To ensure success and grow a competitive business, Woods hired a Flower Shop manager who had a horticultural background and had successfully operated a flower and gift store. Branding was developed and a website and marketing campaign was launched. Woods opened a kiosk at a local mall where they sold handmade gifts and cut flowers and, last September, Yellow Daffodil opened its third location, a store front, in a nearby strip mall.
Yellow Daffodil has gone from providing employment for six people with I/DD, to now employing 25. The staff makes so many different products, in addition to flower arranging, that Yellow Daffodil can shift the employees around to accommodate each one’s interests and talents. Jobs span the range from janitorial to floral deliveries to sales to candle making.
The benefits of employment are the same for a person with or without disabilities: it provides opportunities for socialization, independence and enhanced self-esteem. Don Holmes personifies these benefits. Don worked at Yellow Daffodil before its expansion and likes the variety of work he is now offered and the increased interaction he has with more staff both with and without disabilities. According to one of the staff, Don communicates much more now than when the shop was smaller. She believes that Don interacts with more people, whether they are customers or staff, and Don’s confidence has increased.
The Yellow Daffodil continues to expand to impact more people like Don. Walls are being knocked down in the campus store, where most of the creative work takes place, to make room for additional work tables and a much-needed walk-in cooler that was purchased with a grant from the Eamon Foundation. The refrigeration gives Yellow Daffodil the capacity to produce and store large orders for special events such as weddings. They also re-purposed a mini-van from the Woods fleet to make floral deliveries.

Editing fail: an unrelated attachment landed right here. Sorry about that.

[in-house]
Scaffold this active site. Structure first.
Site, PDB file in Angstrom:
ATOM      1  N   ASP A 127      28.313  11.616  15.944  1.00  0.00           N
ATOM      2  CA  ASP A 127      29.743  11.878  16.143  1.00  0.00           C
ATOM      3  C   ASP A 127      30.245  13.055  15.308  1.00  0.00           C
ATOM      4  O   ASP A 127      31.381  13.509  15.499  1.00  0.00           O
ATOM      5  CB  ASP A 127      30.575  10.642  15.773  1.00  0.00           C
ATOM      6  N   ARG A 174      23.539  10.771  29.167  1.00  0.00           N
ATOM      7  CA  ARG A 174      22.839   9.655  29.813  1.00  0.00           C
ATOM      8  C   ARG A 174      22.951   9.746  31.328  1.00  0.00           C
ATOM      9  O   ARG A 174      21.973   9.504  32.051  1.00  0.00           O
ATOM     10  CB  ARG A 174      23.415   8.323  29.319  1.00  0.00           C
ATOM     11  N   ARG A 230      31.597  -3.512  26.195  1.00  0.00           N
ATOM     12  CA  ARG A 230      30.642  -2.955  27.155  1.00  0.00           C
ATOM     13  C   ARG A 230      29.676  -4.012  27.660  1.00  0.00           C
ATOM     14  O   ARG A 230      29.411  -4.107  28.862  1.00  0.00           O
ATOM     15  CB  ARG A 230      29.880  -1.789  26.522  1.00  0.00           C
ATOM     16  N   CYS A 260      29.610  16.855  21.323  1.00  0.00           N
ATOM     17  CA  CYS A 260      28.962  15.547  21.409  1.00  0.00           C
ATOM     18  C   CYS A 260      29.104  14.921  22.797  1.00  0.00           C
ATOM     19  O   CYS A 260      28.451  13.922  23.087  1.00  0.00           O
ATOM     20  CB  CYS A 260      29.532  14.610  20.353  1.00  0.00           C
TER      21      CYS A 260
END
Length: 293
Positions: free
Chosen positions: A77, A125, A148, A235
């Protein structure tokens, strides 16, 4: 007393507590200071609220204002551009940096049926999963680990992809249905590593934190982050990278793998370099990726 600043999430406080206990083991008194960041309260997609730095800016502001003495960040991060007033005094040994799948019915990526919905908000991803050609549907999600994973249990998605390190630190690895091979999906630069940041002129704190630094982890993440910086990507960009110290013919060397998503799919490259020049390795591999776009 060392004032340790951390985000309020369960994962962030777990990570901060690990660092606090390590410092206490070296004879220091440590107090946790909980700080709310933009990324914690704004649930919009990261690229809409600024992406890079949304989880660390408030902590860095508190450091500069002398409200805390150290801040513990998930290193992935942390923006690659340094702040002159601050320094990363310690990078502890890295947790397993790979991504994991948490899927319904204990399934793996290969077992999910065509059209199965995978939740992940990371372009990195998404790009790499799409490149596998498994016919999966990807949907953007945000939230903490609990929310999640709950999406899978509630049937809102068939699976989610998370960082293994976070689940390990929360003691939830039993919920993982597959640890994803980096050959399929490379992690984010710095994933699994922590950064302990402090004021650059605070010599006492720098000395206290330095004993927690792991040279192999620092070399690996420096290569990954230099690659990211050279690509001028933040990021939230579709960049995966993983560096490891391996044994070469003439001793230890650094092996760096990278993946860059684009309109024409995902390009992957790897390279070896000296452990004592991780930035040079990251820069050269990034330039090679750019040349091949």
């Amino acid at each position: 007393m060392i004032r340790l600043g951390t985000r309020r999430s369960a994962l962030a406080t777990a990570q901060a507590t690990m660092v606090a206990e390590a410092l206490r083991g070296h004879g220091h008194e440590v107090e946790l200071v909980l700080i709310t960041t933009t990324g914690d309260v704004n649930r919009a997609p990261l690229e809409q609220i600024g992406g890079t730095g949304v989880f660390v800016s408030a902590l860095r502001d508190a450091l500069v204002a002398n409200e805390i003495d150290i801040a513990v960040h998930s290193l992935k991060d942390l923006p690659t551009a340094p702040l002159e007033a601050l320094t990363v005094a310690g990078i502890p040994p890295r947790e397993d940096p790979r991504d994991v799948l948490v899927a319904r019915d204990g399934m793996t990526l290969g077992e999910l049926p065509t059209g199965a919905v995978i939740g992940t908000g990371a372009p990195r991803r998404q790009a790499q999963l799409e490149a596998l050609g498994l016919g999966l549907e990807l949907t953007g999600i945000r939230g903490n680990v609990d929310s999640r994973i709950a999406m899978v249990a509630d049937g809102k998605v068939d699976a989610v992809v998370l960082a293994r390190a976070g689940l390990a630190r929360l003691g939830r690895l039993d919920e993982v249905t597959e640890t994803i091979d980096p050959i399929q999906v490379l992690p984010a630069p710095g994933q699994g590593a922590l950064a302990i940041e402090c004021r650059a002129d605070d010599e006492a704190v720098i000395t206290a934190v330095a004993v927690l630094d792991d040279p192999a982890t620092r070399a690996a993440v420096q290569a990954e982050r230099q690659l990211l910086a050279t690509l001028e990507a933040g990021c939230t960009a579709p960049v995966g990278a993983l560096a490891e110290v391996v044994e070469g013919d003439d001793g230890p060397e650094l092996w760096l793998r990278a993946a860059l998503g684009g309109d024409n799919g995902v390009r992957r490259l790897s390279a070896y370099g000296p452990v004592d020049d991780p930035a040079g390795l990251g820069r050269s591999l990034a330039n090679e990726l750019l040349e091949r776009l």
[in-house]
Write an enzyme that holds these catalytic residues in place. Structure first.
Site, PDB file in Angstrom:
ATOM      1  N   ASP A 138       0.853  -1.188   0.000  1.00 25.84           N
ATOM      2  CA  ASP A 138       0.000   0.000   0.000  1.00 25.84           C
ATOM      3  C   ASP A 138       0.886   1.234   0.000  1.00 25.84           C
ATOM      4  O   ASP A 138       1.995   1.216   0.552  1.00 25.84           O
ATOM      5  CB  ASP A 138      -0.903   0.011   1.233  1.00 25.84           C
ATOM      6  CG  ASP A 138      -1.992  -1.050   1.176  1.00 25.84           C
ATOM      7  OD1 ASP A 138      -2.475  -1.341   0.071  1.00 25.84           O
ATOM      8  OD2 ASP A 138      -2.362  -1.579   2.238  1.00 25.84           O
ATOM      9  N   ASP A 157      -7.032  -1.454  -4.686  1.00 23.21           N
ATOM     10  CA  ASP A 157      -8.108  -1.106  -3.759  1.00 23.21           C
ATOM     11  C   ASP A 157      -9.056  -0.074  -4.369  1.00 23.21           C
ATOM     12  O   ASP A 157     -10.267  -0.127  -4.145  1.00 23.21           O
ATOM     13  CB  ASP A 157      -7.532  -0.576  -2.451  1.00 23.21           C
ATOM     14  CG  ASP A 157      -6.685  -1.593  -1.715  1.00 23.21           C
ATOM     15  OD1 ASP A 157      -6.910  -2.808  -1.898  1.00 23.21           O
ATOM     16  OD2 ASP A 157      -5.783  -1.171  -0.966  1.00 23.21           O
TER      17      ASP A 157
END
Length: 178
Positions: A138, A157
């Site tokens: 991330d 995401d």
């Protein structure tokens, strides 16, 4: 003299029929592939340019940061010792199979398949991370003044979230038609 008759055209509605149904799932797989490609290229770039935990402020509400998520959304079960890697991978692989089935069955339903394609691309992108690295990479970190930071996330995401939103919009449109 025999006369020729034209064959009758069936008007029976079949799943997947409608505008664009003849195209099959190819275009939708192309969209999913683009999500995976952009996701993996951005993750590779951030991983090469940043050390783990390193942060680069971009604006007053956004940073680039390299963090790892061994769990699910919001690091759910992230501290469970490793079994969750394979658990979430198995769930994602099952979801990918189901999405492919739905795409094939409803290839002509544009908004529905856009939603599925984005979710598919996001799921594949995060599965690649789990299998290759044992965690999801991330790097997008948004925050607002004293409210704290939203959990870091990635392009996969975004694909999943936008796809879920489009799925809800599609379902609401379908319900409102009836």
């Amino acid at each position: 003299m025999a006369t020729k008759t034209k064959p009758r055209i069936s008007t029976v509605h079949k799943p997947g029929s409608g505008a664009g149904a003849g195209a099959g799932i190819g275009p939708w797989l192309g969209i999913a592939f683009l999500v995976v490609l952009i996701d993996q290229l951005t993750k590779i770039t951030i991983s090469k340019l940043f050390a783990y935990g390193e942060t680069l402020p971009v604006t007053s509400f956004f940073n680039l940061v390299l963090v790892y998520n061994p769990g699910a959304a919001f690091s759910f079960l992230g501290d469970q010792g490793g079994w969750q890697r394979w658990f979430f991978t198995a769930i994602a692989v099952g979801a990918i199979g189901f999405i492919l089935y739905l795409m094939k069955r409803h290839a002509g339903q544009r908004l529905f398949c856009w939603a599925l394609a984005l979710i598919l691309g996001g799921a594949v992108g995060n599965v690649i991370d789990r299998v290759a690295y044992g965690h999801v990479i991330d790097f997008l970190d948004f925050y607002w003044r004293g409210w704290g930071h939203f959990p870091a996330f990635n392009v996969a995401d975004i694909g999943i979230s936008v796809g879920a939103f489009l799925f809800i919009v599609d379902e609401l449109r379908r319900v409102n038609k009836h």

Coming soon, Yellow Daffodil will offer online ordering for its candles and flower arrangements, thus increasing its sales and hopefully the need to hire additional employees. Woods believes the investment in expansion of Yellow Daffodil will continue to create more jobs for people with and without disabilities and that they have created a business model that can be replicated and is scalable.
1. “Executive Order 2016-03: Recommendations. Establishing ‘Employment First’ Policy and Increasing Competitive-Integrated Employment for Pennsylvanians with a Disability,” PA Governor’s Office of Administration (September 2016), accessed March 20, 2017, http://www.dli.pa.gov/Documents/EstEmpFirstPolicy-for-Pennsylvanians-with-a-Disability.pdf.
2. Gary N. Siperstein, Robin C. Parker, and Max Drascher, “National Snapshot of Adults with Intellectual Disabilities in the Labor Force,” Journal of Vocational Rehabilitation 39 (2013): 157-165.
About the author
Cheryl Kauffman is Vice President of Communications and Public Relations and oversees advancement initiatives to engage stakeholders and individuals on behalf of Woods Services. She joined Woods in 2002. She has broad experiences in building and sustaining brand awareness, strategic communications, and external relationships.